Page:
1. More importantly, the Electoral Act passed by the National Assembly to help legalize the various innovations needed for free and fair elections is still absent because President Muhammadu Buhari chose to withhold his assent the first time it was transmitted. The question the Buhari Media Organisation should ask their principal is: “What is he afraid of in the very progressive proposals contained in the Electoral Bill?”, “Why does he want to frustrate the 2019 election by denying the nation from the much-needed enabling law?”


  1. For the record, it is necessary to state that the Buhari Media Organization, in its failed attempt to mislead the public, has been crying more than the bereaved. During this process, INEC, that will utilize the funds and conduct the proposed elections, has stated that it is confident and comfortable with the thorough and transparent response exhibited by the National Assembly.


  1. In this regard, it is necessary to once again emphasize that the public will continue to see through all attempts to mislead them with empty political grandstanding that is detrimental to the adherence to due process that the National Assembly’s leadership is committed to upholding.

The statement by Shehu, however, asked the Senate President to look into the mirror and what he will see is his own face.

“He is solely to be held responsible for deliberately driving the nation to this cliff edge as far as the preparations for next elections are concerned.

“It is not true that INEC submitted their draft budget to the Presidency in February. No, it came much later but even then, this is not the real issue.

“The fact that their proposals came well after the President had laid his budget for the year 2018 before the National Assembly meant that their own will be sent as supplementary budget.

“This was clearly stated to them by the Minister of Budget and National Planning,’’ he maintained.

The presidential aide explained that a supplementary budget could not be submitted until the main budget was passed, and so the delay in passing the main budget was the reason for the delay.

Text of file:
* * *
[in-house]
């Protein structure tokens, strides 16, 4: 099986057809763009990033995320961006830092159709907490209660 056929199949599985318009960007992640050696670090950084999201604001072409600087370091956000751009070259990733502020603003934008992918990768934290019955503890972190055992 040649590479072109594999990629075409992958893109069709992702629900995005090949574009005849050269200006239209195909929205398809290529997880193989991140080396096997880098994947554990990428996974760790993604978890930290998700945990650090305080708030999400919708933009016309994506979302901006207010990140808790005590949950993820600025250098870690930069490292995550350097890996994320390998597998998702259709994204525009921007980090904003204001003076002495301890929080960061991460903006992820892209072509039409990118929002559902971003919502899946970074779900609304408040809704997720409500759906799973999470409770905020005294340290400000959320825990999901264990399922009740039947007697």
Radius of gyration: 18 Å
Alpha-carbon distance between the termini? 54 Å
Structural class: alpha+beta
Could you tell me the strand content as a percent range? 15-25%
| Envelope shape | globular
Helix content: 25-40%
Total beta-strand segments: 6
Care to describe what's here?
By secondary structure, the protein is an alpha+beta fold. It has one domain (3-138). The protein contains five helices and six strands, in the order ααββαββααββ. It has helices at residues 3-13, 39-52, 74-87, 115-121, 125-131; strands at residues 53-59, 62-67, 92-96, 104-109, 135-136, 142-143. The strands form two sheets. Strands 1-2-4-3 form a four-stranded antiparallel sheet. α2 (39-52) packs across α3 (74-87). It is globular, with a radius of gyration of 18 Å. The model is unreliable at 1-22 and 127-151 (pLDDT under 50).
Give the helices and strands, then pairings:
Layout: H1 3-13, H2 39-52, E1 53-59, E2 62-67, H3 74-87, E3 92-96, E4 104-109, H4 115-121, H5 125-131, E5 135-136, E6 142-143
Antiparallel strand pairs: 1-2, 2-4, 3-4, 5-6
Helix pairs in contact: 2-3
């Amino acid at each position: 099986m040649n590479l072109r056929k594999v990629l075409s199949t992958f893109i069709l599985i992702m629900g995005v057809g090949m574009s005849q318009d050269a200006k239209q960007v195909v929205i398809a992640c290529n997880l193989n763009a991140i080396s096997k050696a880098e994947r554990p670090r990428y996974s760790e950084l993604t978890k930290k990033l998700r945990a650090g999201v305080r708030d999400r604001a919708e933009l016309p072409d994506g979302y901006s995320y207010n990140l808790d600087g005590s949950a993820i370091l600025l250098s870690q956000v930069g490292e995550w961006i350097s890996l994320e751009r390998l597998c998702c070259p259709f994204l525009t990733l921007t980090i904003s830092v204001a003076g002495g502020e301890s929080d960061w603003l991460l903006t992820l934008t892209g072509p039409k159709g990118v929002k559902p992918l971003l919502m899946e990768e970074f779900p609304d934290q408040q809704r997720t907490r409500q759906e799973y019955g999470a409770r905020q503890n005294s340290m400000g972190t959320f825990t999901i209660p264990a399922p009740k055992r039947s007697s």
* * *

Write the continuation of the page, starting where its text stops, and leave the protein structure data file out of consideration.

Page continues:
The National Assembly passed the 2018 budget seven months after the document was submitted to the National Assembly by President Buhari.

He said: “Unless someone has forgotten, the budget was submitted to the National Assembly and it took the Saraki-led National Assembly seven months to release it.”

He said there was no way President Buhari could have submitted a supplementary budget while the main one was still pending, adding that “it is never done.

“Because Saraki did not return the main budget, we could not have submitted the supplementary one”.

Shehu noted that after the long delays, the President was pained to sign “the much distorted, butchered and debauched document”.

While signing the budget, President Buhari said that he was compelled to sign it so as not to keep the economy continuously on a standstill.

In his words: “When I submitted the 2018 Budget proposals to the National Assembly on November 7, 2017, I had hoped that the usual legislative review process would be quick, so as to move Nigeria towards a predictable January-December financial year.”

The presidential aide further said that, “it is also worthy of note that this is the first time in Nigeria’s history that a government would bring together the cost of an election in one budget, with each agency involved invited to defend their portion of the budget before the National Assembly.

“It is all part of the transparency that this government is known for.’’

He observed that in the past, “governments would approve INEC budgets and funding without a breakdown, often using ways and means to fund it. Not so under President Buhari’’.